“Personally, I’ve sometimes wondered whether “compassionate conservatism” came out, in effect, to big-government conservatism,” says Timothy Dalrymple. “I no longer think that’s the case. Although Bush expanded government spending, he often directed that spending in ways that did not further bloat the government bureaucracy but, instead, empowered churches and ministries and other organizations in the private sector to do their work.”
In an interview with Tim Goeglein, George W. Bush’s Deputy Director of the Office of Public Liaison, Dalrymple examines the the oft-misunderstood policy stance.
What do you say to those who assert that “compassionate conservatism” was code for “big-government conservatism”?
George W. Bush never spoke in code. George W. Bush is that rare politician—and I have worked in Washington for nearly twenty-five years, I’ve walked with the princes of this world—he is that rare politician who is the same in private as in public. He says what he means and means what he says.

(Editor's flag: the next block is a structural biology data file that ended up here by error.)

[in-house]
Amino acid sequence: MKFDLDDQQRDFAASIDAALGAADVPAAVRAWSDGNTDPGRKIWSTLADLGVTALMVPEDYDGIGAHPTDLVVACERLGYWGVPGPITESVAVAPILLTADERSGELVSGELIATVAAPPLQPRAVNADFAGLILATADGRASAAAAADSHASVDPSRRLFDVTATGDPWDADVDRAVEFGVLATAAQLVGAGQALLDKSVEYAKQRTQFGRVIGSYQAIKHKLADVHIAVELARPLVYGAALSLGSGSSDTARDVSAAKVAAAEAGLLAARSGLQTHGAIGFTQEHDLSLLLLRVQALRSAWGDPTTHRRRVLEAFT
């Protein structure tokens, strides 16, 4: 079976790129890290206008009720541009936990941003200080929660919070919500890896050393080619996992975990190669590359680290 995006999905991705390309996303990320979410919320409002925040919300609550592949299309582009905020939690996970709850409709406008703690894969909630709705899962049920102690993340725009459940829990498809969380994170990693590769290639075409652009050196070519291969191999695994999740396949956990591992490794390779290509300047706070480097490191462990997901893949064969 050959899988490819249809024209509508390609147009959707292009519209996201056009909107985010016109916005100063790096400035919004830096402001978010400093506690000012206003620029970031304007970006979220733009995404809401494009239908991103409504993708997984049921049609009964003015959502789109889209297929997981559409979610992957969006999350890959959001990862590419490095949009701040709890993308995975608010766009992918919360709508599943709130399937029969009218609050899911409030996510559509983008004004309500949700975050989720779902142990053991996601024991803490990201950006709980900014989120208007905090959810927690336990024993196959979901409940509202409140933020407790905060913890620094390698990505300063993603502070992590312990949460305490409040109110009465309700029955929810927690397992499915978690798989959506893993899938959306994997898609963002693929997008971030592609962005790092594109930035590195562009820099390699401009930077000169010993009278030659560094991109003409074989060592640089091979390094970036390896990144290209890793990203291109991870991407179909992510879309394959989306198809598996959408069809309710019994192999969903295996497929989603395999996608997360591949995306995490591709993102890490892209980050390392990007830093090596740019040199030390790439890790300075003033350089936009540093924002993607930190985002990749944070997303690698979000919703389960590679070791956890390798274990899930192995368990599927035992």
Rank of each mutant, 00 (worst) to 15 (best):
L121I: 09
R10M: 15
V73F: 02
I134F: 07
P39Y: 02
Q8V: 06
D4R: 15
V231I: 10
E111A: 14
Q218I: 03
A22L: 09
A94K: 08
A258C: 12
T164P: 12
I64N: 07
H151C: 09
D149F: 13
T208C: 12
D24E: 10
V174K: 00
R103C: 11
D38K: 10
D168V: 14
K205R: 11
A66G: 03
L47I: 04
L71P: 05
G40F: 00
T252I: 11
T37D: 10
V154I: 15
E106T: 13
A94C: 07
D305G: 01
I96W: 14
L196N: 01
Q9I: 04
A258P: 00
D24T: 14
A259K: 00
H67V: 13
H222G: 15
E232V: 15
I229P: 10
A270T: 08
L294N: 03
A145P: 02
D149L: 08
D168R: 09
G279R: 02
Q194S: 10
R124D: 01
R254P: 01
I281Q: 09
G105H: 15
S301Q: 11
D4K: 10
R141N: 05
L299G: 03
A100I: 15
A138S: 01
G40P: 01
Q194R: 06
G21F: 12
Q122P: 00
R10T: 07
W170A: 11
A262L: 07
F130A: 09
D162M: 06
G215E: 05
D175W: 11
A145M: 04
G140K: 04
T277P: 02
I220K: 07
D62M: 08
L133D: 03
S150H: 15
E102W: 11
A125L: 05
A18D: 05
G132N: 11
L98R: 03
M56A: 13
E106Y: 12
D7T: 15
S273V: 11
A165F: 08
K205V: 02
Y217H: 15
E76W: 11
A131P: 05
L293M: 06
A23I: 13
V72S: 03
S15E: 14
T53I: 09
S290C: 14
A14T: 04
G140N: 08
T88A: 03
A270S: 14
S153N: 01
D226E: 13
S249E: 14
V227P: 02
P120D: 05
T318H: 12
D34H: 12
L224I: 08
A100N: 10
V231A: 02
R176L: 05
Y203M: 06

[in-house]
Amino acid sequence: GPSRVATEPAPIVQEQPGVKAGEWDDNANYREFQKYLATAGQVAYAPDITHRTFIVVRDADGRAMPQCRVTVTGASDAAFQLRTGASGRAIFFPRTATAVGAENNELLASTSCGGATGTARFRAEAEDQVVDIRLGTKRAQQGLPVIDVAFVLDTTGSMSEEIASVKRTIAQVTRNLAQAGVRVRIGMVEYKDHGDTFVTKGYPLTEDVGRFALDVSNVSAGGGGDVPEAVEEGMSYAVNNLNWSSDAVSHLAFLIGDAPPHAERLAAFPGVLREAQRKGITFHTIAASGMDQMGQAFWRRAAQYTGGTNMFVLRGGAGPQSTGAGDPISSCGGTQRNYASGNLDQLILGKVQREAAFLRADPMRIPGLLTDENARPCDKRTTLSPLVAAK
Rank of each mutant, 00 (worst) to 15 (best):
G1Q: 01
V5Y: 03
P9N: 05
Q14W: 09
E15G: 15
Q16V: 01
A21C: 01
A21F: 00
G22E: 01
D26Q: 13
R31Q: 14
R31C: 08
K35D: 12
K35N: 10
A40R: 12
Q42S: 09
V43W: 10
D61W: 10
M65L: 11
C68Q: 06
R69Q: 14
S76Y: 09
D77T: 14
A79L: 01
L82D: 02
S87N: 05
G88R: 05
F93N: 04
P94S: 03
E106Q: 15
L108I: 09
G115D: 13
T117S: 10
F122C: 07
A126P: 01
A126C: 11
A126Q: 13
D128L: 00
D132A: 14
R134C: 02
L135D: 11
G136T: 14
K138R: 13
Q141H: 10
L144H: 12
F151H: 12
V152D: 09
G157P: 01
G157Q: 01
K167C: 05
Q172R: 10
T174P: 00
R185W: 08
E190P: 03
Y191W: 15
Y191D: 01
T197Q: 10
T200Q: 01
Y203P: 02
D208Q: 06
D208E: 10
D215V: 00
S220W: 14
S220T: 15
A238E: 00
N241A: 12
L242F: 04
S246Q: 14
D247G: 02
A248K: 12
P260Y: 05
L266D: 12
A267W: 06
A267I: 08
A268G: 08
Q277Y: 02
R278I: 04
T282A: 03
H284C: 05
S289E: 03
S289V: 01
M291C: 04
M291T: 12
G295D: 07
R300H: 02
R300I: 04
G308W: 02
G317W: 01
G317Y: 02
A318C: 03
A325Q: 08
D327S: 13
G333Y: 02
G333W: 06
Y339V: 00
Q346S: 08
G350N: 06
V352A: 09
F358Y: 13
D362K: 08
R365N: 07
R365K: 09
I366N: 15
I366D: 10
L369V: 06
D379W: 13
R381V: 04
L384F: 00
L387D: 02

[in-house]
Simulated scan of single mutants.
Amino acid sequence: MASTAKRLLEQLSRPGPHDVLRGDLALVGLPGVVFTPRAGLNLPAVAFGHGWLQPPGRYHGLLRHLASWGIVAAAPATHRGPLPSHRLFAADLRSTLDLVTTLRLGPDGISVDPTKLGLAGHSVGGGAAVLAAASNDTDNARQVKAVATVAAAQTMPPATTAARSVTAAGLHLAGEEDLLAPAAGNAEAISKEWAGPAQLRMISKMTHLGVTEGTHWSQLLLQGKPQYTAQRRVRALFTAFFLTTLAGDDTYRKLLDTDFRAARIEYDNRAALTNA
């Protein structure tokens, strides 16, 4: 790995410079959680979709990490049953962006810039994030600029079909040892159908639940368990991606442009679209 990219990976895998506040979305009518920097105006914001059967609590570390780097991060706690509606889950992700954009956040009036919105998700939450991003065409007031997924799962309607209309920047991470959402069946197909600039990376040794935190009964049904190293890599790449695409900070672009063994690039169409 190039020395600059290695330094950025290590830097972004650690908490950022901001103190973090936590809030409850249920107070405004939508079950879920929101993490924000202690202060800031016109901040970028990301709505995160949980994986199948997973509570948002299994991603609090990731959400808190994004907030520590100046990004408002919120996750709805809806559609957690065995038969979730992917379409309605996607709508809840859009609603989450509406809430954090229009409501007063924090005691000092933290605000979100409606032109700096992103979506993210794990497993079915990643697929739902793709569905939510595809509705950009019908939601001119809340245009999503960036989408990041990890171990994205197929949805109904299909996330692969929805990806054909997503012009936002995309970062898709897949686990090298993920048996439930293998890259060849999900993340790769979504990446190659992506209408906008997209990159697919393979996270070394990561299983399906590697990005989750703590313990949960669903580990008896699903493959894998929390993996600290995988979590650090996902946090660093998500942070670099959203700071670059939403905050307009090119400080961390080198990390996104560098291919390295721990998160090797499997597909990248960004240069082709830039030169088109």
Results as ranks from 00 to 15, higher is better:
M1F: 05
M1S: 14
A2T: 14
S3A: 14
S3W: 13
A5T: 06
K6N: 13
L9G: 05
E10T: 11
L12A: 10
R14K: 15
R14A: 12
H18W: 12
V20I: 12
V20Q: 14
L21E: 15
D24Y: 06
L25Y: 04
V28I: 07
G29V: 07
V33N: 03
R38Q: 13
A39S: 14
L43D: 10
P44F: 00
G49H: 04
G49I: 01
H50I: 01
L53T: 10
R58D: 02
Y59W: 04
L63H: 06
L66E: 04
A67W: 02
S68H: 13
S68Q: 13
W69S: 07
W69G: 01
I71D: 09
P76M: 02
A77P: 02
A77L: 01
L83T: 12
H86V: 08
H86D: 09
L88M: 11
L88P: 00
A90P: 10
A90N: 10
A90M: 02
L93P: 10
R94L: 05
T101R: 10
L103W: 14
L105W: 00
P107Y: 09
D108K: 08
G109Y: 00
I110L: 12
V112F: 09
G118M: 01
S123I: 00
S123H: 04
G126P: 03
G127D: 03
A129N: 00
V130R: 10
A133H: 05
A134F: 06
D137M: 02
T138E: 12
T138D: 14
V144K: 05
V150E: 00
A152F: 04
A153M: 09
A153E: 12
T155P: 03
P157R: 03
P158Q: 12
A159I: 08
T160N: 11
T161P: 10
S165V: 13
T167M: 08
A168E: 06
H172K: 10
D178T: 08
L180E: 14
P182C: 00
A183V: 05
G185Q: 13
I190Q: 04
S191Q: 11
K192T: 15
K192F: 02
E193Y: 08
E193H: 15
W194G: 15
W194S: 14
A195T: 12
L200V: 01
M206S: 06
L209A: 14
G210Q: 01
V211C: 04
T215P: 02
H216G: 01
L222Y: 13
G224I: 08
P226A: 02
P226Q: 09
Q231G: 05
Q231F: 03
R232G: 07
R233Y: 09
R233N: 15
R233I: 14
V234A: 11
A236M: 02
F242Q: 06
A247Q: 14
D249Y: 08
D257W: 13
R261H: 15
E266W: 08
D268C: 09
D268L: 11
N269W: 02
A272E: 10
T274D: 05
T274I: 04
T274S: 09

Compassionate conservatism was not a euphemism or code. It represented, and represents, precisely who he was and is, as a result of his faith. It really was dramatized in George W. Bush’s visit (when he was Governor) to a prison in Texas where Chuck Colson and Prison Fellowship had become very active. The President saw the results of their ministry, and the way that their work was impacting these otherwise-very-hardened criminals. A seed was planted. George W. Bush came to see that there was an absolutely critical role for faith-based and community groups. They were the “little platoons” doing the most important work. He resolved that when he came to the Oval Office, he would take that model or paradigm and apply it nationally.
Compassionate conservatism was George W. Bush’s character and it was his commitment. It was not code or an effort to be clever.